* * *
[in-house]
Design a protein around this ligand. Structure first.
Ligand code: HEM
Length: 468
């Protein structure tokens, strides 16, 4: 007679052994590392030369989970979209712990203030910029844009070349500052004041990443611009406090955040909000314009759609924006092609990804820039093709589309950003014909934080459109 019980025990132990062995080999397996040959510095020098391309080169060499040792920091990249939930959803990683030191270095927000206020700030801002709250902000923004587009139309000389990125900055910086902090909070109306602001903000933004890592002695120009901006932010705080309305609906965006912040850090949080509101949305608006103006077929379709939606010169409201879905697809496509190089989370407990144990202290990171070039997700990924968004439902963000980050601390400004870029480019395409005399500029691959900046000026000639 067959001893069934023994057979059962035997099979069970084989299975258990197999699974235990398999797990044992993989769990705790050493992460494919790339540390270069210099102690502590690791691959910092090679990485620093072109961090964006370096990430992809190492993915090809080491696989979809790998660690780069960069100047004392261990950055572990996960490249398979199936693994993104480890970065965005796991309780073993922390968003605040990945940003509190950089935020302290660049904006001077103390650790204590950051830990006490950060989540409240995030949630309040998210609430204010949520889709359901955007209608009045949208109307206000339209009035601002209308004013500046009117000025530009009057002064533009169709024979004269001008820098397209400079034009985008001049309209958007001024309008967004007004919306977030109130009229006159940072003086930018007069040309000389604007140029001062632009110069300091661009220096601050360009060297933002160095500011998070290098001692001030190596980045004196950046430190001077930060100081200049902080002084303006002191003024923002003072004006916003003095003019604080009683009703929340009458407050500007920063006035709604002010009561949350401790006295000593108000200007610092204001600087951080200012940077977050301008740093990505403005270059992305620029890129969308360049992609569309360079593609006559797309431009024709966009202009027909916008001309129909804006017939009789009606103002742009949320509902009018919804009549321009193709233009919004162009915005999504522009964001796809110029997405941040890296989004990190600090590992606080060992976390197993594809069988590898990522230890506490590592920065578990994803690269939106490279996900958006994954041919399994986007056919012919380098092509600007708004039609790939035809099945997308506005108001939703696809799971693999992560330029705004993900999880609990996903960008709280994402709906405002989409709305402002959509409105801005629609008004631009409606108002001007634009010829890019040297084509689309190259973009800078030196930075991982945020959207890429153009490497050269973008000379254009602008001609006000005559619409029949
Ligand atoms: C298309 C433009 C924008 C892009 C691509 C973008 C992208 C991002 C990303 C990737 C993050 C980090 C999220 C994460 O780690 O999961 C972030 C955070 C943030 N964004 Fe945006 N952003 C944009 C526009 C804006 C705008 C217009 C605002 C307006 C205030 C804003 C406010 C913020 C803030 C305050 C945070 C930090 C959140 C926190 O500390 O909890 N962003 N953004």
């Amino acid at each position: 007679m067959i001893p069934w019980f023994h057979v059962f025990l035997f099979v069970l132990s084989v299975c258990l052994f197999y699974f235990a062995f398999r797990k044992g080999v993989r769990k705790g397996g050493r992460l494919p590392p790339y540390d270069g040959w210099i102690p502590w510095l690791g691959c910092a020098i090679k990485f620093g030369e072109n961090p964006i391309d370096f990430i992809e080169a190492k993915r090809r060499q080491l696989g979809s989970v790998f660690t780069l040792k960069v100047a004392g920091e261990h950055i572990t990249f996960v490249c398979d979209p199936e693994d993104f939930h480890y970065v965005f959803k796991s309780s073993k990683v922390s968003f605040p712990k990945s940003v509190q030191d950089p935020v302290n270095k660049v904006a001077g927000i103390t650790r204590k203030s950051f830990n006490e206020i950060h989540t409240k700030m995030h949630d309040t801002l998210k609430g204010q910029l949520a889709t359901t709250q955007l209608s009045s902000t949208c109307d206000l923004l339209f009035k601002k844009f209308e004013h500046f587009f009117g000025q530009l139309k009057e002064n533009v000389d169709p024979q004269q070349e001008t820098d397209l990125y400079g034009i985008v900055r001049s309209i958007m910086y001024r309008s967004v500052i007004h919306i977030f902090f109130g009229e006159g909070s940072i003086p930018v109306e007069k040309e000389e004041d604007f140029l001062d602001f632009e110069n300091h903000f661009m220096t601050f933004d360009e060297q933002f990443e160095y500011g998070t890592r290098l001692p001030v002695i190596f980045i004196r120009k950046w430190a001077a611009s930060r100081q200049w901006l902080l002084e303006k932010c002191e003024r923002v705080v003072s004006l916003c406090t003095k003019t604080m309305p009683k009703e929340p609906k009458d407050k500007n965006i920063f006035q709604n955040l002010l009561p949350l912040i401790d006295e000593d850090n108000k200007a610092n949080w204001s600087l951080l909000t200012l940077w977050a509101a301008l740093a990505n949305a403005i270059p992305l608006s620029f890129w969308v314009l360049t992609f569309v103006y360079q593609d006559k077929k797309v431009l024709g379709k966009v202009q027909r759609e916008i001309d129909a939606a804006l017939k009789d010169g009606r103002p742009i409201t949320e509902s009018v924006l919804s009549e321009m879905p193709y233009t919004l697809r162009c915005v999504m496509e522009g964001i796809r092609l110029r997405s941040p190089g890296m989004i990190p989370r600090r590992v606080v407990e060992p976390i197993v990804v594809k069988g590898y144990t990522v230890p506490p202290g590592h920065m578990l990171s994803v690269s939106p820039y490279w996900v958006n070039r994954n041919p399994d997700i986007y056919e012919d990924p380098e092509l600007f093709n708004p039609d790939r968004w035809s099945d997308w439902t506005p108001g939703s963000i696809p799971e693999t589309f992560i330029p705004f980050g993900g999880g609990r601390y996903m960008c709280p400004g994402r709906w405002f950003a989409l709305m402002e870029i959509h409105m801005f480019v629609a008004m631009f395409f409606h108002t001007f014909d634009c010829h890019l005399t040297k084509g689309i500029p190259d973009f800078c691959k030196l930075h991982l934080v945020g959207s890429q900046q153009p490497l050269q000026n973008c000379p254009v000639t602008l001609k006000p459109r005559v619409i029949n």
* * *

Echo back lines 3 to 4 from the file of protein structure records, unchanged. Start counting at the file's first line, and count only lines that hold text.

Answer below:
Ligand code: HEM
Length: 468